For the reasons above, CyberPilot recommends that in most cases, you should work to get a Type 1 report first, then extend it to a Type 2 if necessary. The benefits include:
We understand that you may still want to get a further overview of what it takes to get a full ISO certification and see how it compares to getting an ISAE 3402 report. In the next section, we will dive deeper into the reasons why your organisation may want to pursue getting certified or audited and provide roadmaps to both options.
First, we must determine if it is a priority for your organisation to be certified or get a security audit at all.
The reason(s) you may want to get certified could be because:
Since preparing to be certified or audited takes a significant amount of time and resources, it is important that you have identified the need to move forward before you begin.
However, we have seen that the process towards a certification or audit is a very valuable process for most organisations because it forces them to thoroughly evaluate the aspects of their information security. This is because you can become aware of the issues that you would normally not address, because there was no need for getting certified or getting a security audit previously. Undoubtedly, this will create value for your organisation in the long run.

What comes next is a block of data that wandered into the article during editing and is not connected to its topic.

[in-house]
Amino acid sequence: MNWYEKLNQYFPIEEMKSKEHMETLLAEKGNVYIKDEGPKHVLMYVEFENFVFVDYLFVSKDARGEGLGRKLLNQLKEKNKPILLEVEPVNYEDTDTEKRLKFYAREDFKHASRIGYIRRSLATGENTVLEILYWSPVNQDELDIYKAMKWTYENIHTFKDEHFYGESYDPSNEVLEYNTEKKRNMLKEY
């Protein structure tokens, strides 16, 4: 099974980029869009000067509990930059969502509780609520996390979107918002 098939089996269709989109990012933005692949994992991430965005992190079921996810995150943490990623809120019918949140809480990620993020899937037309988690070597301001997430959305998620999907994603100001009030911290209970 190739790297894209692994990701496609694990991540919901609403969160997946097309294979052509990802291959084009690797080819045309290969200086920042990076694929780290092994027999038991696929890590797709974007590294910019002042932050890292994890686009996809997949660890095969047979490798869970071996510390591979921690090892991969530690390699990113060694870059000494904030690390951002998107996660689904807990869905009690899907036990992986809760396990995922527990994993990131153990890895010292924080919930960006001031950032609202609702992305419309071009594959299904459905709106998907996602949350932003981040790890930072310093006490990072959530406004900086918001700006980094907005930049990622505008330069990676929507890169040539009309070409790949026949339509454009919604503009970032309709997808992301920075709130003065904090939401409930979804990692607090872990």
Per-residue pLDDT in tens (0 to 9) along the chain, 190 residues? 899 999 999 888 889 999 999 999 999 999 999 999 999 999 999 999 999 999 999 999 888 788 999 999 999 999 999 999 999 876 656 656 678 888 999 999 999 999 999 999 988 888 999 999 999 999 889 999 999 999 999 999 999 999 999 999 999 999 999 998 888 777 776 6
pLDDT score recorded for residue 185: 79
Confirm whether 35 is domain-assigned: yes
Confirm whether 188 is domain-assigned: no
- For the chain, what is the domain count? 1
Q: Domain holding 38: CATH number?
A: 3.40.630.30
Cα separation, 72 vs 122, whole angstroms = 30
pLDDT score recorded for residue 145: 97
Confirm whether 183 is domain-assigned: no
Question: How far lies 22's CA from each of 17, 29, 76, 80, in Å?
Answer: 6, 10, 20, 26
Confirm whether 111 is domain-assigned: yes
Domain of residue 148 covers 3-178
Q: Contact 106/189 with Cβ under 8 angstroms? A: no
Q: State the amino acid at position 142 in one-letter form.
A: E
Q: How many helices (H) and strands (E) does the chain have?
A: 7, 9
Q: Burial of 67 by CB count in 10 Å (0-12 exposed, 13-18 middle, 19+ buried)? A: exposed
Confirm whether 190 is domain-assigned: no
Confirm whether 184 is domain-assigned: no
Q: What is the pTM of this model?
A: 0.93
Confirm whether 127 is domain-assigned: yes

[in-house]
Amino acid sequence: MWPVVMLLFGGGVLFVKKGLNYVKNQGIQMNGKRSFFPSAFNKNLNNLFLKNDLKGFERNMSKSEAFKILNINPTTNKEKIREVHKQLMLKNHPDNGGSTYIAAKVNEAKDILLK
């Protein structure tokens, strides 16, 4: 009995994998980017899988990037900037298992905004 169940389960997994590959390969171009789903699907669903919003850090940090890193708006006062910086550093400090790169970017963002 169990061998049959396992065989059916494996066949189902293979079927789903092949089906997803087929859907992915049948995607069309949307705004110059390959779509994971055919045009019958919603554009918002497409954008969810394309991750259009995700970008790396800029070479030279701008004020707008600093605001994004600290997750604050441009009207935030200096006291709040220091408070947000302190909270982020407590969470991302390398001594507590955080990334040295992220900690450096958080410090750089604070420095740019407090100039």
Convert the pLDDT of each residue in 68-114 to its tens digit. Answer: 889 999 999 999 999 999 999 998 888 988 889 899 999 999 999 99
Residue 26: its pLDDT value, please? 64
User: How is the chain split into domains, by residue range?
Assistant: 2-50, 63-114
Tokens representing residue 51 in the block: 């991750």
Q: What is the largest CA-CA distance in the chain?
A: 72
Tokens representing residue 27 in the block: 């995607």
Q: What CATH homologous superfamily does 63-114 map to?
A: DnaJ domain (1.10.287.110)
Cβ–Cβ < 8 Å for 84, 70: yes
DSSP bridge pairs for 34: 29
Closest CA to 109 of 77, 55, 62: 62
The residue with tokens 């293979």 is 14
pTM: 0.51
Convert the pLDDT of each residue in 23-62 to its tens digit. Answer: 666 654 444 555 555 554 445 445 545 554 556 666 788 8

Next, we discuss whether you should go for a full ISO certification or if you can ‘settle’ with the simpler (and less costly) audit report.
A full ISO certification requires that there be a fully implemented ISMS that is documented and observed daily. The result is that great demands are placed on both the implementation, operation, initial, and ongoing certification process.
An ISAE 3402 report is given if the organisation has complied with a specific standard. That means it is still required to show documentation and the happenings in daily operations, but to a significantly lesser extent than with a full ISO certification. Much of the process of getting an ISAE 3402 report is included in the certification process.
Thus, there are still requirements for both documentation and daily operation, but to a significantly lesser extent than with a full ISO certification. This is also seen in the certification process itself, which for audit consists of samples and interviews.
The cost for a full ISO certification and security audit will naturally vary from organisation to organisation, depending on several parameters, such as the scope, maturity of the organisation regarding information security, internal resources, and competencies. As a starting point, it is expected that a full ISO certification will cost 4-5 times more than an audit statement (inclusive of all stages).